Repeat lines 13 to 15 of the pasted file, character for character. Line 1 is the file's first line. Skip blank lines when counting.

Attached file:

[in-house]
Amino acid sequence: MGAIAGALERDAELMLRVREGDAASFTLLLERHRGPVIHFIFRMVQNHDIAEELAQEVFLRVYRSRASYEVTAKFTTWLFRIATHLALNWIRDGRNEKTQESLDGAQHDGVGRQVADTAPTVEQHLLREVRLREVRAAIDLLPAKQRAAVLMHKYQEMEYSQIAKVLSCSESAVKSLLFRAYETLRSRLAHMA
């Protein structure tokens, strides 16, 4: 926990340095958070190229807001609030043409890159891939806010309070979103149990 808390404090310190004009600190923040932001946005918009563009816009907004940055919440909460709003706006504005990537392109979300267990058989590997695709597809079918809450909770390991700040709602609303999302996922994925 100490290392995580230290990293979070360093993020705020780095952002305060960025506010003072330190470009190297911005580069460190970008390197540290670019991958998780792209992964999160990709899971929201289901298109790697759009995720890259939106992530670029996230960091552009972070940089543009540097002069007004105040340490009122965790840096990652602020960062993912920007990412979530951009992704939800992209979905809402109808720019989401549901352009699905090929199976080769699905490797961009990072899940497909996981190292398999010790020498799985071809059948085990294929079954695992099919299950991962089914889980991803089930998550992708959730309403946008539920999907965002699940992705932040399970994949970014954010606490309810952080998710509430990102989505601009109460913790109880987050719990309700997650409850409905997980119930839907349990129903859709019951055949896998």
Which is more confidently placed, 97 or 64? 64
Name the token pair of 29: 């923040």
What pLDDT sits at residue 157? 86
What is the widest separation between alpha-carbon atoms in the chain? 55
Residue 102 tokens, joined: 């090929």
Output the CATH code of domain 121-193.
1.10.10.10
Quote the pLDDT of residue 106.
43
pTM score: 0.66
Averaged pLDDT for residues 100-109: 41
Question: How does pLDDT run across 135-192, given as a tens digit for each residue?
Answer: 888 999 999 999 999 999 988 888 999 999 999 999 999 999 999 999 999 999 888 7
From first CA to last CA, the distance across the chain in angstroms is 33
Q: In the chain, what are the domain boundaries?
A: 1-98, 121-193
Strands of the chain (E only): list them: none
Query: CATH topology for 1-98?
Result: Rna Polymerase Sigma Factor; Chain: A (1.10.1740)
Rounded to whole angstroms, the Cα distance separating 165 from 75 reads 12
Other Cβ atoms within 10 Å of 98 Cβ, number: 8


pTM score: 0.66
Averaged pLDDT for residues 100-109: 41
Question: How does pLDDT run across 135-192, given as a tens digit for each residue?